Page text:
The claim made by the plaintiffs was on the strength of this Doctrine of ‘legitimate expectation’ i.e., the defendants would renew the lease so as to enable them to carry on the restaurant in the building for relatively a longer term since they invested a large sum of money on improvements and alterations of the building and recovering the investments and reaching profitability would take time.
The Hon’ble Supreme Court, accepted the plea of ‘legitimate exception’ and awarded damages to the Plaintiff. The reasoning, upon which, the Hon’ble Supreme Court was driven to award damages is extracted herein under;
 At the outset, I note that the instant case breaks a new ground in our contract law. The Court is called upon to determine in this matter, whether a “legitimate expectation” of a party based on fairness/reasonableness and to an extent, based on an implied consensus ad idem would give rise to an implied term in a private contract and vice versa. This new question is an inevitable development in the evolution of contract law. This development though seemingly a new vista in contract law, is necessary for the advancement of justice in this time and age, especially when we are embarking on the voyage of revising our Civil Code and to meet the changing and challenging needs of time and society. Indeed, all social contracts governing the individual interactions in society eventually metamorphose into legal contracts or relationships such as marriage, family, trade unions, associations, government (vide Rousseau's - 1712-1778 - social contract theory), etc. Hence, Contract Law has to evolve as society progressively evolves more and more from Status to Contract as Henry Sumner Maine observed in his book Ancient Law (1861) thus “we may say that the movement of the progressive societies has hitherto been a movement from Status to Contract.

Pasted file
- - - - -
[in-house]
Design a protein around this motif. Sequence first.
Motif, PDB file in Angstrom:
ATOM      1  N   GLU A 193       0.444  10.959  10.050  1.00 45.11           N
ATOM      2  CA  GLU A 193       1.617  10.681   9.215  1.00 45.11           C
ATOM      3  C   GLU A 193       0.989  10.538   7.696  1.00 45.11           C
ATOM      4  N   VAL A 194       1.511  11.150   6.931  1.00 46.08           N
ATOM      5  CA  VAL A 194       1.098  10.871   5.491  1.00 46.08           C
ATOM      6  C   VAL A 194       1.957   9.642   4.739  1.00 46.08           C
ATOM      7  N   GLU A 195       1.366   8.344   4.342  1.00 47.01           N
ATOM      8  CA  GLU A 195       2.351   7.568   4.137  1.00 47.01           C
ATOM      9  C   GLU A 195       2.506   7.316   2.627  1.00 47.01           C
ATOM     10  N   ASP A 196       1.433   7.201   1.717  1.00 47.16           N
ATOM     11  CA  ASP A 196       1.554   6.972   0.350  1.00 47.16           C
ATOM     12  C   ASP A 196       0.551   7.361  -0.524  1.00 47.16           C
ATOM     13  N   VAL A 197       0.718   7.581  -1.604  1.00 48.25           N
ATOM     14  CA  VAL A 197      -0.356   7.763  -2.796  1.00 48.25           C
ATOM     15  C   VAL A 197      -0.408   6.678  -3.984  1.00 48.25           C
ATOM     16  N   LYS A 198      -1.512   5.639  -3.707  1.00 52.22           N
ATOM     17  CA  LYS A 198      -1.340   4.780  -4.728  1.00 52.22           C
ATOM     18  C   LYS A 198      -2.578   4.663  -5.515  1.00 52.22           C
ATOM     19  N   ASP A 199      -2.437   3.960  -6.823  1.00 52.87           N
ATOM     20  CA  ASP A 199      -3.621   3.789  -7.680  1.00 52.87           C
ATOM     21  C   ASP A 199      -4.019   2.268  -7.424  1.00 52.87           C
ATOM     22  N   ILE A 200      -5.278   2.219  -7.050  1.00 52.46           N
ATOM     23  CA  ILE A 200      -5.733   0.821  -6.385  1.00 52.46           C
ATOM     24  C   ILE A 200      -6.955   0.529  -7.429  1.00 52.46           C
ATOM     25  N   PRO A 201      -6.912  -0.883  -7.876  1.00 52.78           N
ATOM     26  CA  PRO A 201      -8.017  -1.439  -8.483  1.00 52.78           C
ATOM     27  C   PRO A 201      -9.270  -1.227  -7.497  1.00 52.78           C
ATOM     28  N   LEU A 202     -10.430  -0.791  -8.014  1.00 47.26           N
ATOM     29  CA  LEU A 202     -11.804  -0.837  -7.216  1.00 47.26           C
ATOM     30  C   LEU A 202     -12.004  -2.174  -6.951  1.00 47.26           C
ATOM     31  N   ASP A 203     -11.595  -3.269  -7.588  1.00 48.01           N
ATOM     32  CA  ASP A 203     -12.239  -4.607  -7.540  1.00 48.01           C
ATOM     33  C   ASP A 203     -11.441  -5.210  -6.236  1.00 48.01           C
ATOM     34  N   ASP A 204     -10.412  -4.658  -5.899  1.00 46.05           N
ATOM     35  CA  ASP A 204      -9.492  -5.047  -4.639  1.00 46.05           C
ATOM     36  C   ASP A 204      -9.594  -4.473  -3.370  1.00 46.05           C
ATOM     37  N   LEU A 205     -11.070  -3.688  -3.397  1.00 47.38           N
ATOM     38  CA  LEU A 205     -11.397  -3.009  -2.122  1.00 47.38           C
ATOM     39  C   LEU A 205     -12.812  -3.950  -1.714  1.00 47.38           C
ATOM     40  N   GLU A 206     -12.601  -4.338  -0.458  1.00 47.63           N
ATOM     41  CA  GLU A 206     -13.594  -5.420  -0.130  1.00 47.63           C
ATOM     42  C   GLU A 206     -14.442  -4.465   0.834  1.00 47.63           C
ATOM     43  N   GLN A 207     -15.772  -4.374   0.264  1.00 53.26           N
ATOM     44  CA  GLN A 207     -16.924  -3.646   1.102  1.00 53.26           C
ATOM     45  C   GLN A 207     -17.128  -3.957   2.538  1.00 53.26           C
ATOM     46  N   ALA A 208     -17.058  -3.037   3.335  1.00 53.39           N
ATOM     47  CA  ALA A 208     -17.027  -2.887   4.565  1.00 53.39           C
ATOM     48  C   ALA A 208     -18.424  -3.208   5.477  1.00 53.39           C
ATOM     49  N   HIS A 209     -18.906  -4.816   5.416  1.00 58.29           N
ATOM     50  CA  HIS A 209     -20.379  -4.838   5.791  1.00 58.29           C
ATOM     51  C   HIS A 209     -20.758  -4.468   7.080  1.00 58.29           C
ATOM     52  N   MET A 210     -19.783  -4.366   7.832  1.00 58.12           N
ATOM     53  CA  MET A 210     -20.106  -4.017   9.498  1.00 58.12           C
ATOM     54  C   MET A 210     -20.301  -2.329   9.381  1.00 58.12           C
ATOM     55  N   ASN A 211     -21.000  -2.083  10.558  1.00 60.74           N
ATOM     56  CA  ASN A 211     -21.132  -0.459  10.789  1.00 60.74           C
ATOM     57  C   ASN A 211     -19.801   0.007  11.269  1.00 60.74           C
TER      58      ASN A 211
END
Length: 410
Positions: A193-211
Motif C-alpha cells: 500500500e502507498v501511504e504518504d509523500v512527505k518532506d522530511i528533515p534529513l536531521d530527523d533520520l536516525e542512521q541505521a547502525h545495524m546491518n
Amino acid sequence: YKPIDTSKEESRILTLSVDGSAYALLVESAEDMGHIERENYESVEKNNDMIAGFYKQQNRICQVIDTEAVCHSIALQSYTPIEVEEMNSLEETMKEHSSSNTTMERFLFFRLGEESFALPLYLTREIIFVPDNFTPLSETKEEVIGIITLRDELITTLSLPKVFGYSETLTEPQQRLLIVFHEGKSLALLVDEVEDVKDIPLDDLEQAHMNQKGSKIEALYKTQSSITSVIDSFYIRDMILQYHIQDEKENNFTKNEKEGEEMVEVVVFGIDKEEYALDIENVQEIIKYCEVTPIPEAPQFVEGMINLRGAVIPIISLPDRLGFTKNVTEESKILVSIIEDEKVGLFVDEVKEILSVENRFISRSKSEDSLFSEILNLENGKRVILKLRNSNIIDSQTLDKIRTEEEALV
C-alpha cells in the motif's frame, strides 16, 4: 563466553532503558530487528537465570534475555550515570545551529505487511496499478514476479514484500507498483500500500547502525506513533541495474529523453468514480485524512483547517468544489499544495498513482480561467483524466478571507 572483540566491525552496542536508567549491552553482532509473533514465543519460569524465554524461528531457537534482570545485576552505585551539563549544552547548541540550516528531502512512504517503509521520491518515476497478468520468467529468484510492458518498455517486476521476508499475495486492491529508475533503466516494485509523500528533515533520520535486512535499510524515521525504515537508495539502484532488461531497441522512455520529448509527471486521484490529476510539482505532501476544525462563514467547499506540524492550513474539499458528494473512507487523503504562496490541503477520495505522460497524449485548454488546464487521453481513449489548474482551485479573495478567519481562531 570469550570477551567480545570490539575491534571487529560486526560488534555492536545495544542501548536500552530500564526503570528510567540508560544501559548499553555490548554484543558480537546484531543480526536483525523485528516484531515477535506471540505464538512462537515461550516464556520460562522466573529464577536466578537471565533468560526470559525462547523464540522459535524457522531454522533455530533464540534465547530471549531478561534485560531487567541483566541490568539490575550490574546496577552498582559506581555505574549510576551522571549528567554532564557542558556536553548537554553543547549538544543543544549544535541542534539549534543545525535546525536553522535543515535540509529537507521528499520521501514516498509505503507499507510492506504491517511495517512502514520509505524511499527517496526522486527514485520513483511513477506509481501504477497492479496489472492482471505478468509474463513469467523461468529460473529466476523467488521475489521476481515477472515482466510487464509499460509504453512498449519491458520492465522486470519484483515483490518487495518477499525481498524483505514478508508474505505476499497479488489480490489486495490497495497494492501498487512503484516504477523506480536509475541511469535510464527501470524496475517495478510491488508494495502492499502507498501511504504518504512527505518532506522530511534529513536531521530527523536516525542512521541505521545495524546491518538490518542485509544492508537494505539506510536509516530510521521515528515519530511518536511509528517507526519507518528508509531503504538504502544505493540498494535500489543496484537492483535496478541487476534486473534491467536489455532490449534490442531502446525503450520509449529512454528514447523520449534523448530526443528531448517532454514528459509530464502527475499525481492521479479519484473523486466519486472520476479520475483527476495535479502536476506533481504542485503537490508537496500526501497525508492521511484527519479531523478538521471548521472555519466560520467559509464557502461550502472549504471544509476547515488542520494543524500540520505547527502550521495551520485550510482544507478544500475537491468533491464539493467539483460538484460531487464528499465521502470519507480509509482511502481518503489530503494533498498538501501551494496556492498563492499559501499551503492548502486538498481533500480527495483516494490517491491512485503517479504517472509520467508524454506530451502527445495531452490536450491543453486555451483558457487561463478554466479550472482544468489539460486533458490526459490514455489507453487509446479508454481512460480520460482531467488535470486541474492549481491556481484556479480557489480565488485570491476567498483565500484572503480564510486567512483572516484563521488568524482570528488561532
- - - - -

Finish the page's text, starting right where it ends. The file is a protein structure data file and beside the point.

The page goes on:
20] The concept of legitimate expectations originally developed in English law. It is generally applied only in matters of Judicial Review and falls within the domain of public law. It is truism that this concept is not traditionally applied in matters of contracts, which entirely falls within the domain of private contract law. This concept cannot on its own constitute a valid cause of action in contract; and the courts cannot directly apply this concept to do justice in contracts invoking the principle of fairness or reasonableness.
 However, now time has come to rethink, remold and extend its application to other branches of law such as Contract, as it constantly evolves. In my considered view, a legitimate expectation of a party to a contract and a breach thereof shall constitute a valid cause of action in law provided that:
(i) the said expectation is based on an implied term of the contract;
(ii) such terms are implied on the ground of fairness or reasonableness; or an implied consensus ad idem;
(iii) the aggrieved party to that contract had relied and acted upon that implied term (as has allegedly happened in this matter); and
(iv) There had been a breach thereof, by the other party to the contract.